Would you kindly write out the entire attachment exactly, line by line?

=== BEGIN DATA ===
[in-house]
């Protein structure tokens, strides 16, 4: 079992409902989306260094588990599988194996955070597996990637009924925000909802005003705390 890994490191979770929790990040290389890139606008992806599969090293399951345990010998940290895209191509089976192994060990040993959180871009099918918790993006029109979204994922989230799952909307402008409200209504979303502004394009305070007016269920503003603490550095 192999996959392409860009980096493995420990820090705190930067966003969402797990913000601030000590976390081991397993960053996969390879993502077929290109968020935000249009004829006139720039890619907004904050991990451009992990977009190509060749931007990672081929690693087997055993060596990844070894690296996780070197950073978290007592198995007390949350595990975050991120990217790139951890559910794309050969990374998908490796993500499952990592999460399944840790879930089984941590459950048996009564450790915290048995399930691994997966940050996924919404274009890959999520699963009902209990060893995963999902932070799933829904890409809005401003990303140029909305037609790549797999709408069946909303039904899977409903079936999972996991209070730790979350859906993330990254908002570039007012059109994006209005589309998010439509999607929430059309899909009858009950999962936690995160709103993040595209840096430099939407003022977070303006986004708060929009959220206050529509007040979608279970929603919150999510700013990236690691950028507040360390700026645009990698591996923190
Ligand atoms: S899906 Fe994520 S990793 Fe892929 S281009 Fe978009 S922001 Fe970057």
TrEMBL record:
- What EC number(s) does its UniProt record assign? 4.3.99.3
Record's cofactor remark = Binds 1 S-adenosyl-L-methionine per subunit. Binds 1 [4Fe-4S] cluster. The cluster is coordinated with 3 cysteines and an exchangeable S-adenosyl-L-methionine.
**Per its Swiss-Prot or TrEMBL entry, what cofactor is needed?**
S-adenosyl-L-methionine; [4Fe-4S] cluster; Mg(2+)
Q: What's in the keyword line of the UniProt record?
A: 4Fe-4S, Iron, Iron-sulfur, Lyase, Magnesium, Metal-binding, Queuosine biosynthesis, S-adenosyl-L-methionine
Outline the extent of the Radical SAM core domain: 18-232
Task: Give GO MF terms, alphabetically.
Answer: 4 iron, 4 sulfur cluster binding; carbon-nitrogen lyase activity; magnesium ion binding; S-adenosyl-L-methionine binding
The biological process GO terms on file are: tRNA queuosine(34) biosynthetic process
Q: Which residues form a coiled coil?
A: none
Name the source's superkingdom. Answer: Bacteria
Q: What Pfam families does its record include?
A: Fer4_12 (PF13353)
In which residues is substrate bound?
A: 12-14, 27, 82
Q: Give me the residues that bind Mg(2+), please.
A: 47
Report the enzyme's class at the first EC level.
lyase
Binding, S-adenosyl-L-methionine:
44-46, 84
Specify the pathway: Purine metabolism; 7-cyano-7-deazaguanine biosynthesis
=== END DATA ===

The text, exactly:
[in-house]
């Protein structure tokens, strides 16, 4: 079992409902989306260094588990599988194996955070597996990637009924925000909802005003705390 890994490191979770929790990040290389890139606008992806599969090293399951345990010998940290895209191509089976192994060990040993959180871009099918918790993006029109979204994922989230799952909307402008409200209504979303502004394009305070007016269920503003603490550095 192999996959392409860009980096493995420990820090705190930067966003969402797990913000601030000590976390081991397993960053996969390879993502077929290109968020935000249009004829006139720039890619907004904050991990451009992990977009190509060749931007990672081929690693087997055993060596990844070894690296996780070197950073978290007592198995007390949350595990975050991120990217790139951890559910794309050969990374998908490796993500499952990592999460399944840790879930089984941590459950048996009564450790915290048995399930691994997966940050996924919404274009890959999520699963009902209990060893995963999902932070799933829904890409809005401003990303140029909305037609790549797999709408069946909303039904899977409903079936999972996991209070730790979350859906993330990254908002570039007012059109994006209005589309998010439509999607929430059309899909009858009950999962936690995160709103993040595209840096430099939407003022977070303006986004708060929009959220206050529509007040979608279970929603919150999510700013990236690691950028507040360390700026645009990698591996923190
Ligand atoms: S899906 Fe994520 S990793 Fe892929 S281009 Fe978009 S922001 Fe970057």
TrEMBL record:
- What EC number(s) does its UniProt record assign? 4.3.99.3
Record's cofactor remark = Binds 1 S-adenosyl-L-methionine per subunit. Binds 1 [4Fe-4S] cluster. The cluster is coordinated with 3 cysteines and an exchangeable S-adenosyl-L-methionine.
**Per its Swiss-Prot or TrEMBL entry, what cofactor is needed?**
S-adenosyl-L-methionine; [4Fe-4S] cluster; Mg(2+)
Q: What's in the keyword line of the UniProt record?
A: 4Fe-4S, Iron, Iron-sulfur, Lyase, Magnesium, Metal-binding, Queuosine biosynthesis, S-adenosyl-L-methionine
Outline the extent of the Radical SAM core domain: 18-232
Task: Give GO MF terms, alphabetically.
Answer: 4 iron, 4 sulfur cluster binding; carbon-nitrogen lyase activity; magnesium ion binding; S-adenosyl-L-methionine binding
The biological process GO terms on file are: tRNA queuosine(34) biosynthetic process
Q: Which residues form a coiled coil?
A: none
Name the source's superkingdom. Answer: Bacteria
Q: What Pfam families does its record include?
A: Fer4_12 (PF13353)
In which residues is substrate bound?
A: 12-14, 27, 82
Q: Give me the residues that bind Mg(2+), please.
A: 47
Report the enzyme's class at the first EC level.
lyase
Binding, S-adenosyl-L-methionine:
44-46, 84
Specify the pathway: Purine metabolism; 7-cyano-7-deazaguanine biosynthesis